Motherhood is not easy and there is no particular advice for aspiring and new mothers. From all sides, mothers often get well-intentioned advice on which doctor to see, what to eat, which medications to take, and how to exercise.
However, even the closest relatives are wary of discussing the financial difficulties that come with this stage of life.
As new difficulties significantly upend how we live and work every day, mothers have had to juggle more every day. Aside from job insecurity, these women are faced with more obligations at home due to work-from-home arrangements.
The current climate has made it more important than ever to prepare for the unexpected.
The Cost of Raising A Child
Beginning with the birth of their children, mothers must carefully consider how their financial demands may change as they progress through their lives.
This includes daily necessities for their children, school fees and, eventually, their children’s tuition fees.
According to a TODAYonline report back in Aug 2021, the cost of raising a child to adulthood comes out to around S$350,000.
Mr Shaun Kwan of Great Eastern Financial Advisers split up the expenses into several different categories based on the children’s life stages:
● Pregnancy — medical check-ups, childbirth
● Infant (Age zero to two) — diapers, milk, baby equipment, infant care
● Toddler (Age three to six) — nursery, childcare
● Schooling years (Age seven to 19) — allowance, school fees, tuition
● University (Age 19 to 25) — allowance, school fees, exchange programme
The amount was chosen based on the cheapest options in Singapore, including “a public hospital delivery, no tuition or enrichment classes and Singapore university fees.”
Maintaining a Balance Between Work and Family
For a long time, a mother's function has been limited to a nurturer and caretaker. However in today’s world, a mother isn’t just confined to the domestic space of a household.
A working mother must maintain the demands of a career with the responsibilities of raising a family. On the other hand, working mothers aren't just those who work.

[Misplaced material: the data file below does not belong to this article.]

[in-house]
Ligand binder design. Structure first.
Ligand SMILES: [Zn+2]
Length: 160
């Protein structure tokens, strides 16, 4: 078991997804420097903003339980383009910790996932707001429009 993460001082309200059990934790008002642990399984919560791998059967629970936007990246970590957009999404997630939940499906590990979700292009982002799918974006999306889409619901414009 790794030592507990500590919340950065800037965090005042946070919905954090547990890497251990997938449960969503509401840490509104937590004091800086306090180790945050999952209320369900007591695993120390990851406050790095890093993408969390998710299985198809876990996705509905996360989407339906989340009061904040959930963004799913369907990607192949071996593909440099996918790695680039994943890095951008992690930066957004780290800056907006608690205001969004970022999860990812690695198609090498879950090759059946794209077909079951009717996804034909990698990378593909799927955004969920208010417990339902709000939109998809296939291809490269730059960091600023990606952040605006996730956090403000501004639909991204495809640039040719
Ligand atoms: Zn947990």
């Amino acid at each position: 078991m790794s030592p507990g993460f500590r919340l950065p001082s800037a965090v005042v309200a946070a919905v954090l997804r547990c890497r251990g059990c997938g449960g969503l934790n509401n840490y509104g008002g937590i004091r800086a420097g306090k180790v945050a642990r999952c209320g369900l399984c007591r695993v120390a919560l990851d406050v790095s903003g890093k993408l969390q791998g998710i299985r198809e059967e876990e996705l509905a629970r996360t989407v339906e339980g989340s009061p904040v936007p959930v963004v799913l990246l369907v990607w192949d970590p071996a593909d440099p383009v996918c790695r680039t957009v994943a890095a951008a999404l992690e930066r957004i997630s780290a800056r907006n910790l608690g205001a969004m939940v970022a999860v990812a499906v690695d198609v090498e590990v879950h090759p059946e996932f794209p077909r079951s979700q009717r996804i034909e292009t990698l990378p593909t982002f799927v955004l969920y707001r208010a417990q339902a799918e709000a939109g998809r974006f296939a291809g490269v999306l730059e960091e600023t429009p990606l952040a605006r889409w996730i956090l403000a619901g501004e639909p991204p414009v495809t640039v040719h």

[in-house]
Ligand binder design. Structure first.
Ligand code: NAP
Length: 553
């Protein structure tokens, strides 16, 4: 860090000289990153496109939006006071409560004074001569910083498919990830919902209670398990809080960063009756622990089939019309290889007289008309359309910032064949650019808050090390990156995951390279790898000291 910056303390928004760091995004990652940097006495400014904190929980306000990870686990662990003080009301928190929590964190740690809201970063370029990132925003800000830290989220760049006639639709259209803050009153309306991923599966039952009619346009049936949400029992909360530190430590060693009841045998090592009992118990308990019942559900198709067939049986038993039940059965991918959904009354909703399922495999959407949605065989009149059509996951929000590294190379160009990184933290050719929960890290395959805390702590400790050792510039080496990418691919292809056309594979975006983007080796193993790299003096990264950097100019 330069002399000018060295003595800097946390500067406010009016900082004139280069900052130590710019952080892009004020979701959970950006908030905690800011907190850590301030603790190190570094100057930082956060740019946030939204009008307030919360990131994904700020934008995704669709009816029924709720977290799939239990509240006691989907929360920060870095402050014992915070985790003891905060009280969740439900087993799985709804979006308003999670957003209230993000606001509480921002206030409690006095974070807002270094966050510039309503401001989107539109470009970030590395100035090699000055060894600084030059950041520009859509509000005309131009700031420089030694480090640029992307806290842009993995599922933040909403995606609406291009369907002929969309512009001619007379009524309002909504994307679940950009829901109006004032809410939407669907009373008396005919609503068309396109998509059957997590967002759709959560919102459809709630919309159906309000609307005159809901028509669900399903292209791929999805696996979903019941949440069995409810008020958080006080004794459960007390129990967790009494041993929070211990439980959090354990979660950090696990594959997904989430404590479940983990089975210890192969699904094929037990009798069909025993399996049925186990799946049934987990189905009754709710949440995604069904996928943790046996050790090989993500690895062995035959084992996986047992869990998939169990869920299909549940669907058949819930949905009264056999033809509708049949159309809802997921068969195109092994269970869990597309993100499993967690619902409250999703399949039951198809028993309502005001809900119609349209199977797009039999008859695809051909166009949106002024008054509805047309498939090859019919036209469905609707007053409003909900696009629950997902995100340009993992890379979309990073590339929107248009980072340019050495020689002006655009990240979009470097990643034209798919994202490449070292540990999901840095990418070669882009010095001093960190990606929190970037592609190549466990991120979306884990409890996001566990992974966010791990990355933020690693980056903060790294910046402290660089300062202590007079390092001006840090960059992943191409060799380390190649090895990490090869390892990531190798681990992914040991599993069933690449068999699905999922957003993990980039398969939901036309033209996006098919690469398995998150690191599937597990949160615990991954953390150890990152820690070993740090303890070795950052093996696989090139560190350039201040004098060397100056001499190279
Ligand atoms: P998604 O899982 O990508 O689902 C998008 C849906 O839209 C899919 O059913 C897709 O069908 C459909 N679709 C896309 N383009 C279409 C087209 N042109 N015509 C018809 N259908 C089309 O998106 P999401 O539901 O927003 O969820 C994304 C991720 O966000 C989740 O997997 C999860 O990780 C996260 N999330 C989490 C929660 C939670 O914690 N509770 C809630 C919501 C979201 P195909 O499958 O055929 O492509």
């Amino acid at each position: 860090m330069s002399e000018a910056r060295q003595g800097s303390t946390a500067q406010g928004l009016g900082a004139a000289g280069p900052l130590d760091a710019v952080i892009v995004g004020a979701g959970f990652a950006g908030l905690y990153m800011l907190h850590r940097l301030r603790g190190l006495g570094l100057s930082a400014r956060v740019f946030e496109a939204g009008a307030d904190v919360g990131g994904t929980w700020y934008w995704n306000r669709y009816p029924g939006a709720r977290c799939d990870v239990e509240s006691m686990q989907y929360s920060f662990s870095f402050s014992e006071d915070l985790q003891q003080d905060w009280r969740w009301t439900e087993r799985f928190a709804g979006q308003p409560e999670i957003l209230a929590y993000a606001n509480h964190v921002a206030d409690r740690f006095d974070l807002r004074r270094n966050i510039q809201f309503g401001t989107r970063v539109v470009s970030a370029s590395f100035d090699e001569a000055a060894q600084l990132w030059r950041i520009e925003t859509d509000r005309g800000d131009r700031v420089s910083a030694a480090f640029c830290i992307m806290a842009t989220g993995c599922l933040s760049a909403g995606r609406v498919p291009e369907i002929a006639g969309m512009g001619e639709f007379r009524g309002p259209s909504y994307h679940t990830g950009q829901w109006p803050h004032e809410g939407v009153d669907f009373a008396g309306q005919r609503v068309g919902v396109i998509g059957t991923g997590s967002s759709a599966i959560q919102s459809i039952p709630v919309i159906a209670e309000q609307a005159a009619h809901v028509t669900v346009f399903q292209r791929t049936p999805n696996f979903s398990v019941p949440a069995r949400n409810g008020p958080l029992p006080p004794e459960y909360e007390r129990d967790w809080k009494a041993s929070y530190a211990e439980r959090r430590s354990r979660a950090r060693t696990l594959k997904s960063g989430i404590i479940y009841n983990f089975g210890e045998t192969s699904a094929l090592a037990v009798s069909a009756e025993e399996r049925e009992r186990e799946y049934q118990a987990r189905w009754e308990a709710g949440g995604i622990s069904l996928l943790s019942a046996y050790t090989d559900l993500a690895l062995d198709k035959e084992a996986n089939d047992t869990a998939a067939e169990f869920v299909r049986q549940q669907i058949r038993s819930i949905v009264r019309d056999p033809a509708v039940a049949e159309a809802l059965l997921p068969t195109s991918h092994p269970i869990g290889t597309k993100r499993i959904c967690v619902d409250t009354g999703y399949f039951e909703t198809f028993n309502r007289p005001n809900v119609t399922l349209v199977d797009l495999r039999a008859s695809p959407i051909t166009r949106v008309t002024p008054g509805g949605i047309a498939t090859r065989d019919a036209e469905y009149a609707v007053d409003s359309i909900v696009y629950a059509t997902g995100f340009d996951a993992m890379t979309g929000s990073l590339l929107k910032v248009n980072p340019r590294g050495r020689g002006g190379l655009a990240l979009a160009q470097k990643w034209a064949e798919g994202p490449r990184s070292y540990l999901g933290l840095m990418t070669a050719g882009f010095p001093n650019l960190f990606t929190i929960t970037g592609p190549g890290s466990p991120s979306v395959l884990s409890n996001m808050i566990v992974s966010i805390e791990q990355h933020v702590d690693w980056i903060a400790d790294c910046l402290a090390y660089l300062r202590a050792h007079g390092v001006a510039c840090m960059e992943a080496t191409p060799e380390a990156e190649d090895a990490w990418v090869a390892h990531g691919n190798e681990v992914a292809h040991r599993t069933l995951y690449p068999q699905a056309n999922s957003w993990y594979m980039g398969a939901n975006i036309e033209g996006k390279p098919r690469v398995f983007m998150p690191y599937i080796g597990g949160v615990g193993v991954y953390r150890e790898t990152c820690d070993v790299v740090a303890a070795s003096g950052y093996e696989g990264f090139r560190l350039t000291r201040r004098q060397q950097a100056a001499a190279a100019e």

Stay-at-home mothers who work in the home and women who work outside the home while fulfilling their family obligations should be considered working moms. Work, finances, and raising children are all balancing acts for all mothers.
Sometimes, mothers might depend too much on a paternal figure within the household and neglect their own finances and skills; should the paternal figure be, for one reason or another, be unavailable, this could result in a huge impact in her life.
How Mothers Can Plan Their Finances Properly in 3 Simple Steps
To make good financial decisions for their own lives and their children, mothers need to gather enough knowledge about money management, investments, and savings. This way, they can not only solve their financial problems but also live an independent and sophisticated life.
Step 1: Knowledge about Savings and Investments
Now, these two terms may sound quite easy, but in the real world, making wise decisions in these matters require a vast array of knowledge and understanding.
But that doesn't mean it's impossible for the mothers. Mothers need to take some time off their busy schedule and get a good grasp of where to invest their money, how they can plan their expenditures, and how they can save up for the future.
Step 2: Insurance for a Better Financial Planning
One great way to plan financials is insurance. There is insurance for different sectors like health, hospitalization, life insurance, etc. Knowing about these insurance policies and taking them up can help mothers use their money wisely and give them financial solvency.
In addition, in terms of unfortunate happenings, mothers can be assured that there are contingencies in place to ensure that the family will not fall apart due to financial stress.
One way to cope with the high amount of tuition fees in Singapore is an insurance savings plan specially tailored for your child’s tertiary education.
Step 3: Be Prudent Savers
Motherhood can be an expensive journey and increasingly, mothers in Singapore are becoming prudent savers, putting aside more money for rainy days.
As a rule of thumb, it’s good to set aside three-to-six months’ expenses as an emergency fund.
We know that most mothers are unaware and confused about making financial decisions. And they are often concerned about how they can learn financial skills properly.
There are many government-sponsored courses where moms can learn about Insurance, investments, and other financial skills free of charge.
Alternatively, you can also check out free resources such as the Great Eastern’s Lifepedia where it strives to equip everyone in Singapore with personal financial knowledge.
On this Mother's Day, we can say that moms hold the power to manage their career, children, and financials perfectly, but only if they have enough knowledge and guidelines.
Though we see many mothers are already flourishing and becoming more financially savvy day by day, we always expect to see more mothers coming forward and taking charge of their finances.